Mega-store of Horrors: The Mall by S.L. Grey

Title: The Mall
S.L. Grey
Published:  1 June 2011
Genre: Horror, satire
Review copy from the author
My Rating: 8/10

Buy a copy of The Mall (Kindle edition, available now)

Rhoda was supposed to be babysitting someone’s kid, but she lost him when she left him at Only Books in Highgate Mall while she went to score crack from her dealer. Dan’s an emo bookseller at Only Books. He hates his manager, he hates his job, he hates his life. He also seriously pisses Rhoda off when he tells security that he didn’t remember seeing her with any kid, because he didn’t think that a scruffy-looking black woman with a scarred face would be with a “respectable” white child. So when the mall closes and Rhoda still hasn’t found her charge, she hunts down Dan, twists his arm (literally) and forces him to help her look for the boy. Dan leads them through the service corridors of the mall, but instead of finding the child they’re forced deeper and deeper into a disgusting otherworldly building, driven on by sick spam sms’s that threaten their lives and their sanity, and followed by a slavering beast preventing them from ever turning back.

The Mall is the debut novel by S.L. Grey – the pseudonym for the collaboration of authors Sarah Lotz and Louis Greenberg. They wrote The Mall in alternating chapters, with Greenberg writing Dan’s chapters and Lotz writing Rhoda’s, but with the necessary crossover editing and rewriting that befits a collaboration. In the writing process they’d often leave their characters in difficult situations that the other would have to write their way out of.

This leads to some incredibly tense scenes, but admittedly it also makes the transition between chapters a little jerky. New chapters often don’t start quite where you expect them to, and there are a few small errors in continuity. Nevertheless that doesn’t prevent it from being an awesome horror novel. It’s genuinely creepy at times and utterly horrific. I was glad I no longer work at a bookstore in a mall, or I’d get nervous about working the night shift and having to leave through the back door.

The service corridors that Dan and Rhoda enter become increasingly surreal and sinister. The bowels of the mall and are reminiscent of Silent Hill – coated in rust, soaked in blood and God knows what else (but it’s best not to ask). And there are mutilated bodies, lots and lots of mutilated bodies, from mannequins showcasing torture, to amputees and cripples with seeping wounds. Then, in an otherworld version of the mall, there are ‘Shoppers’, deified consumers disfigured by hideous plastic surgery, traipsing around in the hottest fashion, forced to keep shopping or risk being “recycled”.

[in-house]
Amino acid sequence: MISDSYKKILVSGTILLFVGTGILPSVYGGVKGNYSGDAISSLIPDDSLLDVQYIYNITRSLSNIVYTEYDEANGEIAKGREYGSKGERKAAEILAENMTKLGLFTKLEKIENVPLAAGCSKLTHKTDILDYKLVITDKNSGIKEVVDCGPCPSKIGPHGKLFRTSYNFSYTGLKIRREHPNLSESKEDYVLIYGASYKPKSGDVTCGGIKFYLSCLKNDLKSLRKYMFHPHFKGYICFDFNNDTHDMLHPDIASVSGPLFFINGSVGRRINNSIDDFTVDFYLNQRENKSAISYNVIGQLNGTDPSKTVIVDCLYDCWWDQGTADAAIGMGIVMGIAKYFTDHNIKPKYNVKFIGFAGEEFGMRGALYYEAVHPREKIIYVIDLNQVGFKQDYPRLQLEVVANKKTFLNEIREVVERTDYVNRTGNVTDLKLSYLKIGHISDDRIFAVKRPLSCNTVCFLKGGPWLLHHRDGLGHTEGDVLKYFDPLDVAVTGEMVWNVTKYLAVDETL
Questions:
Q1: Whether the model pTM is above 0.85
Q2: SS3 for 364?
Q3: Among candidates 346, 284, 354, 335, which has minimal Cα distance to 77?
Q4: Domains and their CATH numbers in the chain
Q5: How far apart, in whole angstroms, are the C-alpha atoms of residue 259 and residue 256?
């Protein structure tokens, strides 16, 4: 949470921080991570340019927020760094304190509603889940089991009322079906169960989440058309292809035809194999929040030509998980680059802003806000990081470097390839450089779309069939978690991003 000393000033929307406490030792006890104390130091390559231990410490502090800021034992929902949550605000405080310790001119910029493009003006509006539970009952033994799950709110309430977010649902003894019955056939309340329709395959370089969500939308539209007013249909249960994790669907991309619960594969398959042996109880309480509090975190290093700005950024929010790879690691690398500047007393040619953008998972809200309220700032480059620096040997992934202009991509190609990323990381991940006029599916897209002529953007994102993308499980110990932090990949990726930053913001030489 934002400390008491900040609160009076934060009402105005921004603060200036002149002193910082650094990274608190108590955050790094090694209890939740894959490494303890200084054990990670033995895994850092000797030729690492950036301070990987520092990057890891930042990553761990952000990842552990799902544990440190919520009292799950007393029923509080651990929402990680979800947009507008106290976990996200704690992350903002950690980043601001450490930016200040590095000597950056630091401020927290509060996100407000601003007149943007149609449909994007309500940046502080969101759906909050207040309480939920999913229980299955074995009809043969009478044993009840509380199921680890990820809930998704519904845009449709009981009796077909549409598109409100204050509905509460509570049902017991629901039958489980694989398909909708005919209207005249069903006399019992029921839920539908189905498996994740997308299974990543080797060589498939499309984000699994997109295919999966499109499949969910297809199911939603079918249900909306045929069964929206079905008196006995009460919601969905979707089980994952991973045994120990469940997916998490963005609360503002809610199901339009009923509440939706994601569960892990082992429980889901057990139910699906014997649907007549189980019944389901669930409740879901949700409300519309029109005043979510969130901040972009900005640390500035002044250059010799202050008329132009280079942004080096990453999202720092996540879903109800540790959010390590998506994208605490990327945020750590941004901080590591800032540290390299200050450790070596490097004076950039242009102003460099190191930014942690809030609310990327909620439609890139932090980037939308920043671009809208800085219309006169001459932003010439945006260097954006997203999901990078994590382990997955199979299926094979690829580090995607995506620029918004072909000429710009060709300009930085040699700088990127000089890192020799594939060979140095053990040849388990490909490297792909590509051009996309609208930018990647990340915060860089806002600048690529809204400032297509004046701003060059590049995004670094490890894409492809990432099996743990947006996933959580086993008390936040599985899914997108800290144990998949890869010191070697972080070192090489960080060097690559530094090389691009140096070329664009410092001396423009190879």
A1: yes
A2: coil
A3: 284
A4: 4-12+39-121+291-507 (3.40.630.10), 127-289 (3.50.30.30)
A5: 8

It’s part of The Mall’s brutal stab at consumer culture. In the otherworld mall, everything glitters and gleams like it does in the real world, but all the glossy marketing has been scraped off. Lonly Books sells titles like Jesus Wants You to be Pimp-Rich; McDonalds is re-envisioned as the thoroughly disgusting McColon’s (I don’t know if I can eat a Big Mac again); and models in adverts are grossly starved and sickly. The stores all have twisted names like Curl Up & Die (a hairdresser) or Last Call (a cellphone shop). This mall is always open and there’s nothing outside of it.

With its satire, the otherworld mall is the coolest part of the novel, spoilt only by Rhoda and Dan’s failure to realise that they haven’t escaped. Despite what they’ve already been through they try to fit this surreal mall into their idea of a normal world, imagining, for example, that the strange store names are bad marketing decisions or inappropriate attempts at counter-culture advertising. Dan is particularly slow to catch on, but it’s crystal clear to the reader that this is another dimension of horror altogether and you wait anxiously to find out what will happen next.

The ending is surprising, as the novel abandons the visceral horror of the preceding chapters for something more cerebral. Initially, it disappointed me, because my horror diet has consisted almost entirely of nerve-destroying zombie movies and films like The Ring­. However, the more I thought about it the more impressed I was, and it’s the kind of ending you’d ask anyone who’d read the novel about.

The Mall will be out in stores on 1 June, and I suggest you buy a copy and read it asap. It’s creepy, gruesome, satirical, and even though its protagonists aren’t exactly heart-warming (Rhoda’s a foul-mouthed, bad-tempered drug addict who can’t even remember the name of the kid she was looking after, and Dan’s, um, emo) you’ll like them anyway and hope they don’t get tortured.

Buy a copy of The Mall (Kindle edition, available now)

5 thoughts on “Mega-store of Horrors: The Mall by S.L. Grey

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